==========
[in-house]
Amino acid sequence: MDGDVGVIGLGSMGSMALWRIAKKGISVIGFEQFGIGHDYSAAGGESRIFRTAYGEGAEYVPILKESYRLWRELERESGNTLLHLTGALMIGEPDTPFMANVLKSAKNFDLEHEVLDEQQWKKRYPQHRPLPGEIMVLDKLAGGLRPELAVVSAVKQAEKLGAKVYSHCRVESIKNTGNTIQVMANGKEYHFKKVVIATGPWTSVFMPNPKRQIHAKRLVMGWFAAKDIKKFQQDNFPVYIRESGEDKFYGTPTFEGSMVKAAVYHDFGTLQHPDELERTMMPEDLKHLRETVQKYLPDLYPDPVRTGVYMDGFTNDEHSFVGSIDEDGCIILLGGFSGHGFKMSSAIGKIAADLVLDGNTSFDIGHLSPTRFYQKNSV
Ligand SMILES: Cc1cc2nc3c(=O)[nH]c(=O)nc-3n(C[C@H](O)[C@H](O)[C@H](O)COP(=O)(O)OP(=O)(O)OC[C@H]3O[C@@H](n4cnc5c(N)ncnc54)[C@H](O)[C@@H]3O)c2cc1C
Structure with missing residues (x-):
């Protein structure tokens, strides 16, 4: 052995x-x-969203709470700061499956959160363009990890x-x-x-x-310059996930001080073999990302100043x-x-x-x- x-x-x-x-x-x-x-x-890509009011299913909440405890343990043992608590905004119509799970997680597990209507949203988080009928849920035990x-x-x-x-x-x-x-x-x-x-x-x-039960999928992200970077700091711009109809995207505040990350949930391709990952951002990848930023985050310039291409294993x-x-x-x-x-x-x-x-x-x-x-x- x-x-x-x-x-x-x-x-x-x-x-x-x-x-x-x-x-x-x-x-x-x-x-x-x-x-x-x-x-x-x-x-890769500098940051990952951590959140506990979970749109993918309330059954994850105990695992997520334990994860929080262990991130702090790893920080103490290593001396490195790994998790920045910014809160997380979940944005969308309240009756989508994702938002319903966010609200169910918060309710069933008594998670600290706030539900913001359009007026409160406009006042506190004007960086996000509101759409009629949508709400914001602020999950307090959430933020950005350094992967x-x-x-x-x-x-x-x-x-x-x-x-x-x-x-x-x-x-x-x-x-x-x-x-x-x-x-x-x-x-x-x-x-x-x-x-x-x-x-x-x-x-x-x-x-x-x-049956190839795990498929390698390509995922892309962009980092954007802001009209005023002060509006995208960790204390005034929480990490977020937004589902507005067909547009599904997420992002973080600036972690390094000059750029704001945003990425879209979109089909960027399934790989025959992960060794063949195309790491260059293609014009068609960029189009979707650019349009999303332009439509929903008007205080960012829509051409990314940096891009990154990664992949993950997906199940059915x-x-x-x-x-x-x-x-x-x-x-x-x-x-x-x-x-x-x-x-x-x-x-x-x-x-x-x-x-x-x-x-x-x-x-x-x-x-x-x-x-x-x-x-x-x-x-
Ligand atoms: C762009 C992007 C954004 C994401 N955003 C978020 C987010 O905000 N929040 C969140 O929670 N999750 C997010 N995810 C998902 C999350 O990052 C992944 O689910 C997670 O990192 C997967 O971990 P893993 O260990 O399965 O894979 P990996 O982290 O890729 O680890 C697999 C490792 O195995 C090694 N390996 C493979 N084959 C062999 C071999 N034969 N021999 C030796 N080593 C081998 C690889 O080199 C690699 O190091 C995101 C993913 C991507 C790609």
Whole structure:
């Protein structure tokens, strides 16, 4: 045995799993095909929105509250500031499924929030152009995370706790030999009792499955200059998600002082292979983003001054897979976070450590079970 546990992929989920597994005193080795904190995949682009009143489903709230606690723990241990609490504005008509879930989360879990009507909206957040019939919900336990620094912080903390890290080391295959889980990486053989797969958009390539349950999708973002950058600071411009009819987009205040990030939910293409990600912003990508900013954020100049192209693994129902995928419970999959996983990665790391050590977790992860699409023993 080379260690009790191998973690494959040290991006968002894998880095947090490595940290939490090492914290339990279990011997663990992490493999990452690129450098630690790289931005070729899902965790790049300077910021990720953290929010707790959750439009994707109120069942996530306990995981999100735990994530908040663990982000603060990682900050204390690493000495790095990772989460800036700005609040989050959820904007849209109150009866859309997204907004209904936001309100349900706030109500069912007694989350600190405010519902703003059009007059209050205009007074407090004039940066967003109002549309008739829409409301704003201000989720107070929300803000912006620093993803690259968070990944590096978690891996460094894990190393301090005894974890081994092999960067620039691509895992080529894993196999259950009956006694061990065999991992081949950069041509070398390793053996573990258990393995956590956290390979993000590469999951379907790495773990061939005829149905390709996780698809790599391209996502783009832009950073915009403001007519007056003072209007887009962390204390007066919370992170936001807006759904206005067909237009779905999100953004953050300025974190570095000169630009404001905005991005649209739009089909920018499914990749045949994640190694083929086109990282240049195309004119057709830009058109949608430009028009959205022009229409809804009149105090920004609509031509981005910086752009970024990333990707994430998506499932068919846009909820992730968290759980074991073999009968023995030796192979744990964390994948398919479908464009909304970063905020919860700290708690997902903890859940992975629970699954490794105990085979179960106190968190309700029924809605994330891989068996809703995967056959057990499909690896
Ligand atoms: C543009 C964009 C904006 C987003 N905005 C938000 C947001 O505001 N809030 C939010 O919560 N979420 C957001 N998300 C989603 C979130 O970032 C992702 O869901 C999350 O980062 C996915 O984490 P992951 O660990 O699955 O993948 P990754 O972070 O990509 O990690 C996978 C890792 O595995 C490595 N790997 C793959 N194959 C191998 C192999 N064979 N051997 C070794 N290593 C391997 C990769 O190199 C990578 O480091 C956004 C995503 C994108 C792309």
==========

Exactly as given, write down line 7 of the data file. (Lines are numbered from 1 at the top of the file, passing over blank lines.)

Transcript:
Whole structure: